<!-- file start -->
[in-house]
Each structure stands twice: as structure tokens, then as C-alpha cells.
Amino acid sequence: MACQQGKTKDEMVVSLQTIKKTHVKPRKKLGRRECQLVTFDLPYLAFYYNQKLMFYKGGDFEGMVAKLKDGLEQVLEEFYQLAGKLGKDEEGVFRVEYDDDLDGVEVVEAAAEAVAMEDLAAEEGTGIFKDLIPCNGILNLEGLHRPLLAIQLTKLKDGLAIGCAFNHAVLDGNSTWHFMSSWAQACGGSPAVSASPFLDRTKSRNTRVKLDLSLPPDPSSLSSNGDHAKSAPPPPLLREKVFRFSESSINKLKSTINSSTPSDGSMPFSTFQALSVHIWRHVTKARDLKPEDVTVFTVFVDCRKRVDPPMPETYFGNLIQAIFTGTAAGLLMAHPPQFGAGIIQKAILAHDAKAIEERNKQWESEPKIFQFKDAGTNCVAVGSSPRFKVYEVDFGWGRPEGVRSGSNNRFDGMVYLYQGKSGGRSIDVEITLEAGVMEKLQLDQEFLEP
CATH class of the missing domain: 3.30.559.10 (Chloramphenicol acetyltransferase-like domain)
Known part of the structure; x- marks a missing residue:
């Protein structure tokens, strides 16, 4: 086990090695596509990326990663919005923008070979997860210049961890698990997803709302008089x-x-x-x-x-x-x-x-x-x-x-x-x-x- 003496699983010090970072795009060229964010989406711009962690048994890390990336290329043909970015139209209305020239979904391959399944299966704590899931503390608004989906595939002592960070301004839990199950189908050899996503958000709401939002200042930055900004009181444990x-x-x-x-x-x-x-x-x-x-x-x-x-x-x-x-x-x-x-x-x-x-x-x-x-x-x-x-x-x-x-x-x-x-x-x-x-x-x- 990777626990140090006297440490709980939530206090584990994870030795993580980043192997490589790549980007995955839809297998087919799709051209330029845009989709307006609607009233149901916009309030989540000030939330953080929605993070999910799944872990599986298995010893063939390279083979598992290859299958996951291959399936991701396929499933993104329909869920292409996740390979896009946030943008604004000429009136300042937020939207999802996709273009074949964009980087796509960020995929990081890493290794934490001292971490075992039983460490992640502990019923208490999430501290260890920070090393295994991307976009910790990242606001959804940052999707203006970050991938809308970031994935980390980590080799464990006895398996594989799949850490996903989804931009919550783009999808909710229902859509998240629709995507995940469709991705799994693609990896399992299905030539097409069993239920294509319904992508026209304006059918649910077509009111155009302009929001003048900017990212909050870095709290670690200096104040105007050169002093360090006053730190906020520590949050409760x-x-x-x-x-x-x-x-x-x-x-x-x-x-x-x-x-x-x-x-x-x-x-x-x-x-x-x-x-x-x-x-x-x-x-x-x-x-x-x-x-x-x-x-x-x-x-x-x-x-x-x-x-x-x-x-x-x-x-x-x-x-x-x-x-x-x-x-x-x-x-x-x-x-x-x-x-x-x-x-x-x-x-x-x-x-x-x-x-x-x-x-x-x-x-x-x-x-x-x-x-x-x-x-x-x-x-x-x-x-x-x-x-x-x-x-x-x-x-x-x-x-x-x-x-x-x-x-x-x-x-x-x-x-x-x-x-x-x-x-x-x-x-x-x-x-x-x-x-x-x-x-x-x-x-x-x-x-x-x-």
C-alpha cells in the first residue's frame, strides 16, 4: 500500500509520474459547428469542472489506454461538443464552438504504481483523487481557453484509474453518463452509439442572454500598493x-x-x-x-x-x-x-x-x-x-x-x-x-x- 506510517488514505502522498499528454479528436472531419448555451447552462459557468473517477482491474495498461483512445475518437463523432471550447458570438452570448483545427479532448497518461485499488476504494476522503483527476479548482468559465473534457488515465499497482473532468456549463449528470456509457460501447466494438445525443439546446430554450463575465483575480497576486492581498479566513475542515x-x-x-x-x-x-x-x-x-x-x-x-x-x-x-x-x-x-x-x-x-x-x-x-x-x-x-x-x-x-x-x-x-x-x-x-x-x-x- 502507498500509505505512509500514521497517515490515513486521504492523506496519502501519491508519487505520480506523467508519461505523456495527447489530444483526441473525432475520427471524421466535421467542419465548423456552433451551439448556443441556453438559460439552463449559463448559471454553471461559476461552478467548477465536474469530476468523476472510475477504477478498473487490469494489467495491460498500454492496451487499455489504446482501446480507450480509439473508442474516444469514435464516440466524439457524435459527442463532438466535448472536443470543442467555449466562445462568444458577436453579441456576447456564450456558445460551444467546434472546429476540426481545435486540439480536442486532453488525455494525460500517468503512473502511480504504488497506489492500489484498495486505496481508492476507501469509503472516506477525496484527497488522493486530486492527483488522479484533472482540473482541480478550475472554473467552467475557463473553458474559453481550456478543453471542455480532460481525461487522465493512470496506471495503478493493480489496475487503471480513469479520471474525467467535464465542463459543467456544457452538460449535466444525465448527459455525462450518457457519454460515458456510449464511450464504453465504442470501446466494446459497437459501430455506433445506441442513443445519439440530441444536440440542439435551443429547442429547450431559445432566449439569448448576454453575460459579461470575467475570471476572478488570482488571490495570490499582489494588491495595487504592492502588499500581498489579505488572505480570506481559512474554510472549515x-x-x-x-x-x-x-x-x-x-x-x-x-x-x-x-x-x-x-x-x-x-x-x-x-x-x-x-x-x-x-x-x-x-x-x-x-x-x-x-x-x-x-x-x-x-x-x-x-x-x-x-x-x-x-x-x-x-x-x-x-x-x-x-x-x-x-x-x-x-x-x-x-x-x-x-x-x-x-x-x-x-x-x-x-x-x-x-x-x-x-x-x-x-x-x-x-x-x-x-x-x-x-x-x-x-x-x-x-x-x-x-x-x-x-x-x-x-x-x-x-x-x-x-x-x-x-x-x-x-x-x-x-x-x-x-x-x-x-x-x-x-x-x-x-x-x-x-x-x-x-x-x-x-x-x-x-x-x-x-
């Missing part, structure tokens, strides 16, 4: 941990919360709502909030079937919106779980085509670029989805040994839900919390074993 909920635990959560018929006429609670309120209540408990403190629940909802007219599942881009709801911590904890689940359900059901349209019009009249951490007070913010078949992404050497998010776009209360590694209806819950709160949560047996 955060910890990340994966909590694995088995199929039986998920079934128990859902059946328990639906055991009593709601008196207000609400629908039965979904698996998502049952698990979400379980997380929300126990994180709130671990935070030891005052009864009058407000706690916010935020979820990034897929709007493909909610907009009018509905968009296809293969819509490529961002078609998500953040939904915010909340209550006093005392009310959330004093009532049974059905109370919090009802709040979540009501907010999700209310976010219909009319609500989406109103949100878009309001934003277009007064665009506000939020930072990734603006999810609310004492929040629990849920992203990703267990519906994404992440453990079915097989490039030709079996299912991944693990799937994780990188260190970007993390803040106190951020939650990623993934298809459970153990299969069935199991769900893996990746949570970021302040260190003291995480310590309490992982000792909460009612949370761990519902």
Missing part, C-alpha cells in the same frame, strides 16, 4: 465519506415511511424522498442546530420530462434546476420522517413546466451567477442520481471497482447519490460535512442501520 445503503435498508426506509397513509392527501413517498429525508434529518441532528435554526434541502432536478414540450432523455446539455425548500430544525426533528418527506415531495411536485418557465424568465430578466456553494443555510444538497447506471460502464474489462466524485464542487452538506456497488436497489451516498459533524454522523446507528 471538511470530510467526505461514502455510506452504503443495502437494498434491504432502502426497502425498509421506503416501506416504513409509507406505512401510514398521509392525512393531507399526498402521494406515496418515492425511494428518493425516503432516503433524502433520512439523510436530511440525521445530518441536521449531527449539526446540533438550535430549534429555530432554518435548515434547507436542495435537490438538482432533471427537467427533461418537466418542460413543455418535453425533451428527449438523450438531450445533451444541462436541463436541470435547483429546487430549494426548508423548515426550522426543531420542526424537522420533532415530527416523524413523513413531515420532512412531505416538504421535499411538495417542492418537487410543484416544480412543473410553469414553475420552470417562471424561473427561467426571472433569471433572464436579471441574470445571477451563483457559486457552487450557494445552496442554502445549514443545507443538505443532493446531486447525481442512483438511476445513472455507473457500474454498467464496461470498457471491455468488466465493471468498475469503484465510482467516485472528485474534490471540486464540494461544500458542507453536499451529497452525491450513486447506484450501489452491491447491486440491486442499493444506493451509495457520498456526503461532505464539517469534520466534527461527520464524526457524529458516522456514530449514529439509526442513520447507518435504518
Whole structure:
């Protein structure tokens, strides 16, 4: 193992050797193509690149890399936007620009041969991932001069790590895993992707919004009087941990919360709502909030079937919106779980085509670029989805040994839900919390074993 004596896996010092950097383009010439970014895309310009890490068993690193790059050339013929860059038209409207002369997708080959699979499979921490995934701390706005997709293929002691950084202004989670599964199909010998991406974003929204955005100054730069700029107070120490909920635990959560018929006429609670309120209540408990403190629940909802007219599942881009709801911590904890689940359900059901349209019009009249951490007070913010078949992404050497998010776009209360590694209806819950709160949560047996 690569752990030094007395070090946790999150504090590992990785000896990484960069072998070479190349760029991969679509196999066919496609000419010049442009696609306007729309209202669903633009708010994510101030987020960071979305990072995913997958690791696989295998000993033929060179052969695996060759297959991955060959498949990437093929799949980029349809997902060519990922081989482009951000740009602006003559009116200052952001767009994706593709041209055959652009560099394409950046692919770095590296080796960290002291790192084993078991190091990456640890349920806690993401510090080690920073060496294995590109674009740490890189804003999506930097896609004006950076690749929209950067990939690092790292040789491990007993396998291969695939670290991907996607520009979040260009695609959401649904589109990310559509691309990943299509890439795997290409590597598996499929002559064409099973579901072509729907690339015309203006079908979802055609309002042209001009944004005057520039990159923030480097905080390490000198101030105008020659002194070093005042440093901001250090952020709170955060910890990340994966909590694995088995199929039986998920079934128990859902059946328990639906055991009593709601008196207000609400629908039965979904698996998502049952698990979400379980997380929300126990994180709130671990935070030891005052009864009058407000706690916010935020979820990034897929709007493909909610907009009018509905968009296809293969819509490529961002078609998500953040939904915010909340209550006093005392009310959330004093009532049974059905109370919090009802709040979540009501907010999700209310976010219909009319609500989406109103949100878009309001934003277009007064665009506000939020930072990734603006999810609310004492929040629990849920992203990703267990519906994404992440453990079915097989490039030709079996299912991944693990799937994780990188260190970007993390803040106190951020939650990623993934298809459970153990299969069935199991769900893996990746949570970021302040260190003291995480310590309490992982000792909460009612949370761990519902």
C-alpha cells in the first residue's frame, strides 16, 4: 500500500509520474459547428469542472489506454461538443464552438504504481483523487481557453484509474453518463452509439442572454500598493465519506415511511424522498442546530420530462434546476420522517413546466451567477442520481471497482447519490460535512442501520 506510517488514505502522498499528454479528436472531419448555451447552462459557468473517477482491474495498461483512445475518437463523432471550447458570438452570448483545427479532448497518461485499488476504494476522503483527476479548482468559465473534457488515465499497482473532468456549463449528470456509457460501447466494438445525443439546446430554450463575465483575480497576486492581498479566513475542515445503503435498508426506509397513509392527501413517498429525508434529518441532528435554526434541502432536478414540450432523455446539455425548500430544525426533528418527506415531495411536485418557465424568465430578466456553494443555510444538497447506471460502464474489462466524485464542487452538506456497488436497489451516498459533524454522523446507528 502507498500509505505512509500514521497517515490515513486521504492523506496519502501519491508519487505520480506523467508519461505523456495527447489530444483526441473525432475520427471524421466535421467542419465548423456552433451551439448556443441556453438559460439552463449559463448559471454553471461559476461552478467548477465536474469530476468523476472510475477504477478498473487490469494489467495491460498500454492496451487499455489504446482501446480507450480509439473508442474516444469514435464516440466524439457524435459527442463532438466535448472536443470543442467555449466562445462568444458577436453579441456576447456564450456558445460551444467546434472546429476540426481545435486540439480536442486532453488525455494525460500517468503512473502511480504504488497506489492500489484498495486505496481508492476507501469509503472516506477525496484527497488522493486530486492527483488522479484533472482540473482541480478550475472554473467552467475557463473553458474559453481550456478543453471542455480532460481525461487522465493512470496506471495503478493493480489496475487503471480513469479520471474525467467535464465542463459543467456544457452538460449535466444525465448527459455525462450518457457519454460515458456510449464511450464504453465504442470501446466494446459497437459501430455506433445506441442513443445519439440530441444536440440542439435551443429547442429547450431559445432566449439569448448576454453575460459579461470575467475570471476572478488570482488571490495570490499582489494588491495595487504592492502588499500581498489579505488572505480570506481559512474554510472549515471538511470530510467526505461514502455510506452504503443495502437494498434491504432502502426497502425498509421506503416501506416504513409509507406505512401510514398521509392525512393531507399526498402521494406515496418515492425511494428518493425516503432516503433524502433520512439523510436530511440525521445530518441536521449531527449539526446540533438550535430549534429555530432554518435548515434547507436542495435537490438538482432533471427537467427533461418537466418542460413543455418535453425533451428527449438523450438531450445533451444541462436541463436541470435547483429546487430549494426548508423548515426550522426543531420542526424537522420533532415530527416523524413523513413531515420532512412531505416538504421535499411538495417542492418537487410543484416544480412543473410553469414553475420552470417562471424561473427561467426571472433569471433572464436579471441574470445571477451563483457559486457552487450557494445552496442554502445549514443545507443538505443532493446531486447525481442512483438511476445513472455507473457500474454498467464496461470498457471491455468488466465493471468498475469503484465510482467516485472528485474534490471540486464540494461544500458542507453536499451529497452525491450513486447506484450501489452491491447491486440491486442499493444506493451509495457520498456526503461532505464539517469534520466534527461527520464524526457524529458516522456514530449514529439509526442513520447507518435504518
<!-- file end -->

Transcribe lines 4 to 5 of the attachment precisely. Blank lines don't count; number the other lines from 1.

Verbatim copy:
CATH class of the missing domain: 3.30.559.10 (Chloramphenicol acetyltransferase-like domain)
Known part of the structure; x- marks a missing residue: